Université de Lausanne
Competition law is typically territorial in nature since it inevitably reflects the political order, market philosophy, economic activity and regulatory culture of a particular country or society. Competition law should consequently be enforced by the authorities within the territory in which a company carries on business and commits a wrong. Otherwise, there would be market distortion where the regulatory policies of one country are applied to regulate activity in a different country. However, there are difficulties with this apparently straightforward approach. For example, in contractual claims seeking a declaration of nullity of contract and monetary compensation, it is tempting to argue that an exclusive choice of forum clause or an agreement to arbitrate should be ignored. That is because it should be for the court of the country whose market was affected, applying its competition law to sanction the wrong perpetrated. But, to proceed in this manner would clash with other widely accepted norms, including the principle of party autonomy whereby effect should be given to the parties’ choice of forum for the resolution of their disputes. One of the most important questions is whether such a clause is valid if it derogates from competition law (namely, overriding mandatory rules) of the country in which the wrong has been done. This talk will consider the question from a Japanese perspective.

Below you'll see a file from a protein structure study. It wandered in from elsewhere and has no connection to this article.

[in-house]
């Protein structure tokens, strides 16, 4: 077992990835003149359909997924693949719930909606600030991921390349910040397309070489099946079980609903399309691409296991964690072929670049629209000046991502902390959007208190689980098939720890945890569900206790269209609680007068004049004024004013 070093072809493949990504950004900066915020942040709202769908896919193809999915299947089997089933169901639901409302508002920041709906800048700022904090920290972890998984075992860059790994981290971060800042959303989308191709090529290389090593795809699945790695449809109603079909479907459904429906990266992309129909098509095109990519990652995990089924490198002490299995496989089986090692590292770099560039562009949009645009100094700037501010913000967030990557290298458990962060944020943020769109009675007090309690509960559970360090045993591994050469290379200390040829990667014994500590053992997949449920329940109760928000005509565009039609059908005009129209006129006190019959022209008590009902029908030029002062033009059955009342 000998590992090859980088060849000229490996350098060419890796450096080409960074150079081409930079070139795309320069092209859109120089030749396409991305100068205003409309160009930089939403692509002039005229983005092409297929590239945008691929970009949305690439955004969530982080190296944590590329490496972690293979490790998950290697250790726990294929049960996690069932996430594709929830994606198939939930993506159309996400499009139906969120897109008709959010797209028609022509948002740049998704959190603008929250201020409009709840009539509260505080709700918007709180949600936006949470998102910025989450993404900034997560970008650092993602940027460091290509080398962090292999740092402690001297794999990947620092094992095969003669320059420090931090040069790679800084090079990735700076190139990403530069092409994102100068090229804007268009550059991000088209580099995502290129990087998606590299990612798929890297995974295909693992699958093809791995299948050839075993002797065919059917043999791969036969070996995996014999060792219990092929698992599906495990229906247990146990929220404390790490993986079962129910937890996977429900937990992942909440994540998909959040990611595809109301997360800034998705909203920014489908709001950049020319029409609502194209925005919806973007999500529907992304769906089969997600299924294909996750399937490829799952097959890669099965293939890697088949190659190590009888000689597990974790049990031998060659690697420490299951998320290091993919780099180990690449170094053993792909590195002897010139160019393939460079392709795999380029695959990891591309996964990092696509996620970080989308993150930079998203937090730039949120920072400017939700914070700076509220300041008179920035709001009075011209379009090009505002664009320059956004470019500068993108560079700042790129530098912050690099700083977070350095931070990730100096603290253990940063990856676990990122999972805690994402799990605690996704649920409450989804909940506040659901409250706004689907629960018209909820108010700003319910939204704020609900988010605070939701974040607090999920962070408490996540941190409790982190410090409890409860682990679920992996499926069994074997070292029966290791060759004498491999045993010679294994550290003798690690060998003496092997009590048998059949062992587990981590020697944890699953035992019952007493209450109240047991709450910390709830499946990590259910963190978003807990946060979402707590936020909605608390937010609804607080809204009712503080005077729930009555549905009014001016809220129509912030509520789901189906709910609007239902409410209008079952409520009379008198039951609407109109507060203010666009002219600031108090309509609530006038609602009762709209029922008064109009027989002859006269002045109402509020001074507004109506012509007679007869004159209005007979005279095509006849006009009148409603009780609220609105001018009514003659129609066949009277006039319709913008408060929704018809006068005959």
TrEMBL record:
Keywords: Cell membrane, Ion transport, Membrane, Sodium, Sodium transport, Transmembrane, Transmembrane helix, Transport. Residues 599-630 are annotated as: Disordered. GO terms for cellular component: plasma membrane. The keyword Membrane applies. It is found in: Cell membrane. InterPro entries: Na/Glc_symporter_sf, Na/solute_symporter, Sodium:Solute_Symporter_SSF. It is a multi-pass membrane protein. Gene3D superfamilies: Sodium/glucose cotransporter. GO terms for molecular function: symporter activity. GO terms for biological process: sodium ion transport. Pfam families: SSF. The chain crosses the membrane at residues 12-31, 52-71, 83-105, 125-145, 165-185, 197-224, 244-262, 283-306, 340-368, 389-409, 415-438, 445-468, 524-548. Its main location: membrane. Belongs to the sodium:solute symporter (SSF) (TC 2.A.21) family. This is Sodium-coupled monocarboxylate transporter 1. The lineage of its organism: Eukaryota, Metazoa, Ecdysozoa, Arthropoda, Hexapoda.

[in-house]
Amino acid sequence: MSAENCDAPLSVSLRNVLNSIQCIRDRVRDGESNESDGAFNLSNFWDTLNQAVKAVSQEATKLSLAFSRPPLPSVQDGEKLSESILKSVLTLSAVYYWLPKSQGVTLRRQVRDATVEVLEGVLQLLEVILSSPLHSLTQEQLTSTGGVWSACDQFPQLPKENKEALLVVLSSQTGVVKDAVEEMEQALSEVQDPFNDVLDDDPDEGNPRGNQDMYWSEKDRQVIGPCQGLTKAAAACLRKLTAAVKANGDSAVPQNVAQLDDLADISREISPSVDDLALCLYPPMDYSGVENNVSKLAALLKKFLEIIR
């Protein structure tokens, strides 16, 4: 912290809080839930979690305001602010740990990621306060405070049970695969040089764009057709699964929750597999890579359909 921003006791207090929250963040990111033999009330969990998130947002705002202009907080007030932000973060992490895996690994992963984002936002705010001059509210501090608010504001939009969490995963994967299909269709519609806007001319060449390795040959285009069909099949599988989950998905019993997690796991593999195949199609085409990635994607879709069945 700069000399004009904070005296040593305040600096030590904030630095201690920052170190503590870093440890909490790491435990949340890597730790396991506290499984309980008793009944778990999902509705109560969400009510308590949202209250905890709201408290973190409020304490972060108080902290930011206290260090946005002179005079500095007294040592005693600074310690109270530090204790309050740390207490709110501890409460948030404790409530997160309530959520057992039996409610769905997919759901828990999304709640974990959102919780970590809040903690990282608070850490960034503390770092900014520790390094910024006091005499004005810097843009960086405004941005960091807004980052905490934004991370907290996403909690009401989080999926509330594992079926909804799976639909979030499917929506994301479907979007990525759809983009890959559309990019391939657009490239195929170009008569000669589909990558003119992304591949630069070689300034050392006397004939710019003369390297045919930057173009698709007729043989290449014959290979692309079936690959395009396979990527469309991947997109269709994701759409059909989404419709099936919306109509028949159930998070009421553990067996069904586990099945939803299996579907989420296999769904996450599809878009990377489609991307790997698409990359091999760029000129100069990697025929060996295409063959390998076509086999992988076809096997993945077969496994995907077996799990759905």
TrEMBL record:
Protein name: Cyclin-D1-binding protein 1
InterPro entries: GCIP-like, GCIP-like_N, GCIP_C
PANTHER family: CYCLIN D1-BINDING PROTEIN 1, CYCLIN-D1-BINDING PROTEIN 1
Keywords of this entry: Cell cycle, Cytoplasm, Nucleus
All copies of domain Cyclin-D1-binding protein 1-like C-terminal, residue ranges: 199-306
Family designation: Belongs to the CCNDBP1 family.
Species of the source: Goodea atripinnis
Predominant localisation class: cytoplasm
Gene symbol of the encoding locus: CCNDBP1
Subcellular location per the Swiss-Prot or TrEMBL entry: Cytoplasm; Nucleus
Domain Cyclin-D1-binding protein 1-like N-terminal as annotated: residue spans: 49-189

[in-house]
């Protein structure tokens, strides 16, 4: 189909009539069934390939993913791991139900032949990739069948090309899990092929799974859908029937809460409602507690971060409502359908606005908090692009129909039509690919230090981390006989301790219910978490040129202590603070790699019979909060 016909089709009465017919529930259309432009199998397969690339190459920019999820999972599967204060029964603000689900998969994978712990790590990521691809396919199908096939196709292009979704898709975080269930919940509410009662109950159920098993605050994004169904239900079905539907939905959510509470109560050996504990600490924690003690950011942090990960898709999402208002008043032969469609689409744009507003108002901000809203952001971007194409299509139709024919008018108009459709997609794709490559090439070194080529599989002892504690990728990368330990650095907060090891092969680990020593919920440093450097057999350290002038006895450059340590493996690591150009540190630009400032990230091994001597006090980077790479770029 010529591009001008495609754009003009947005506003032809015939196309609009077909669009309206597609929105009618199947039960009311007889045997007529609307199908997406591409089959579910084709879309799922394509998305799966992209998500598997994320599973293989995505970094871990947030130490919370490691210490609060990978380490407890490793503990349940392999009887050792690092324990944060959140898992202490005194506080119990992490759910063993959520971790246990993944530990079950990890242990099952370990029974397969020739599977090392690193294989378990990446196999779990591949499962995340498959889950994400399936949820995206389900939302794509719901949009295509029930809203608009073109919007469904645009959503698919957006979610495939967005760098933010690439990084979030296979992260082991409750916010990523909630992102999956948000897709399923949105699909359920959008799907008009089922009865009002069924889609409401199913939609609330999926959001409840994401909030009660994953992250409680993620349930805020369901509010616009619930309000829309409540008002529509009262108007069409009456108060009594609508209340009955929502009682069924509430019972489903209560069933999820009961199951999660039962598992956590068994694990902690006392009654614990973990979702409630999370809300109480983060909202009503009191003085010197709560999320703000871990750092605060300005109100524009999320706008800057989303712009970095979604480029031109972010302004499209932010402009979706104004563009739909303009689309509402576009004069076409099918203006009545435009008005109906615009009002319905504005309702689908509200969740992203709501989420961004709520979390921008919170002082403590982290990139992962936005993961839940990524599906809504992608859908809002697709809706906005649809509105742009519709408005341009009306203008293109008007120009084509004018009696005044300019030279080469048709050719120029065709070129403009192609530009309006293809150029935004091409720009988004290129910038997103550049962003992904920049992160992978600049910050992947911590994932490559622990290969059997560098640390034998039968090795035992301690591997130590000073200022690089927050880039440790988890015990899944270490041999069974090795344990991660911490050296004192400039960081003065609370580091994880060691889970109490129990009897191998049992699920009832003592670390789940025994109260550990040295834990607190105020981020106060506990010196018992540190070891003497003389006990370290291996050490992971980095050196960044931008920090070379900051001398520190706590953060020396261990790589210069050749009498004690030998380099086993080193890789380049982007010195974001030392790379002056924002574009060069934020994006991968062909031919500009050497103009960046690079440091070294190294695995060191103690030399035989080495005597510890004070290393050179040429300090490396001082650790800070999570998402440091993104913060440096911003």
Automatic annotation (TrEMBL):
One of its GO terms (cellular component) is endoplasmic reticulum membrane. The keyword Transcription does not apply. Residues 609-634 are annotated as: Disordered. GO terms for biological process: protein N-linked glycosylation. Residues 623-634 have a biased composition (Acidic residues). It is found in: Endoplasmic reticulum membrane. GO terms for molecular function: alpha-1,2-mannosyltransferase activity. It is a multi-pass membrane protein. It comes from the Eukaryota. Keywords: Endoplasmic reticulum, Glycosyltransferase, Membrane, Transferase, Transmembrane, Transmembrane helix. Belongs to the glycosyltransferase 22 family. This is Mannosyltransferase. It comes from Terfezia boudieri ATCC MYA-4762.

Un apéritif sera offert à l'issue de la conférence
Centre du droit de l'entreprise (CEDIDAC) de l'Université de Lausanne